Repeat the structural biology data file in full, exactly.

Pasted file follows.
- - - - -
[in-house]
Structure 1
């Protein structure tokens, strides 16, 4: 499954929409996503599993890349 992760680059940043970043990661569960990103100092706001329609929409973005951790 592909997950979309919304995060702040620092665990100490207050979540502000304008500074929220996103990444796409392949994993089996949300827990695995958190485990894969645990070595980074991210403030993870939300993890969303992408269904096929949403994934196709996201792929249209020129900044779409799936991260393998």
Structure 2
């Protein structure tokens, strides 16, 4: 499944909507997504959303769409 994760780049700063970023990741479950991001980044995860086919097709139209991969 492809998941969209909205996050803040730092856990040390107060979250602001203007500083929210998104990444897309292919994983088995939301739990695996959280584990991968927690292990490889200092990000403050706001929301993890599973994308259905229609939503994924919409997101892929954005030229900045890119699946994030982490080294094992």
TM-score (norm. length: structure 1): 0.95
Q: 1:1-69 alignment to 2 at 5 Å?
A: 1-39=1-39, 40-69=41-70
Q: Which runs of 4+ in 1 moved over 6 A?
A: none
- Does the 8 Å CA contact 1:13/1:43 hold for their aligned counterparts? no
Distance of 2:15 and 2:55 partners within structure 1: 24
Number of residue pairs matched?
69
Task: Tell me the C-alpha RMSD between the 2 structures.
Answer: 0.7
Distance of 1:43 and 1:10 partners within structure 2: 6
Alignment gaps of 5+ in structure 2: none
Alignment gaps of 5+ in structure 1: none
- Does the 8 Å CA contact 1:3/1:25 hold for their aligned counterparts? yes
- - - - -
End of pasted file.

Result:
[in-house]
Structure 1
């Protein structure tokens, strides 16, 4: 499954929409996503599993890349 992760680059940043970043990661569960990103100092706001329609929409973005951790 592909997950979309919304995060702040620092665990100490207050979540502000304008500074929220996103990444796409392949994993089996949300827990695995958190485990894969645990070595980074991210403030993870939300993890969303992408269904096929949403994934196709996201792929249209020129900044779409799936991260393998």
Structure 2
């Protein structure tokens, strides 16, 4: 499944909507997504959303769409 994760780049700063970023990741479950991001980044995860086919097709139209991969 492809998941969209909205996050803040730092856990040390107060979250602001203007500083929210998104990444897309292919994983088995939301739990695996959280584990991968927690292990490889200092990000403050706001929301993890599973994308259905229609939503994924919409997101892929954005030229900045890119699946994030982490080294094992």
TM-score (norm. length: structure 1): 0.95
Q: 1:1-69 alignment to 2 at 5 Å?
A: 1-39=1-39, 40-69=41-70
Q: Which runs of 4+ in 1 moved over 6 A?
A: none
- Does the 8 Å CA contact 1:13/1:43 hold for their aligned counterparts? no
Distance of 2:15 and 2:55 partners within structure 1: 24
Number of residue pairs matched?
69
Task: Tell me the C-alpha RMSD between the 2 structures.
Answer: 0.7
Distance of 1:43 and 1:10 partners within structure 2: 6
Alignment gaps of 5+ in structure 2: none
Alignment gaps of 5+ in structure 1: none
- Does the 8 Å CA contact 1:3/1:25 hold for their aligned counterparts? yes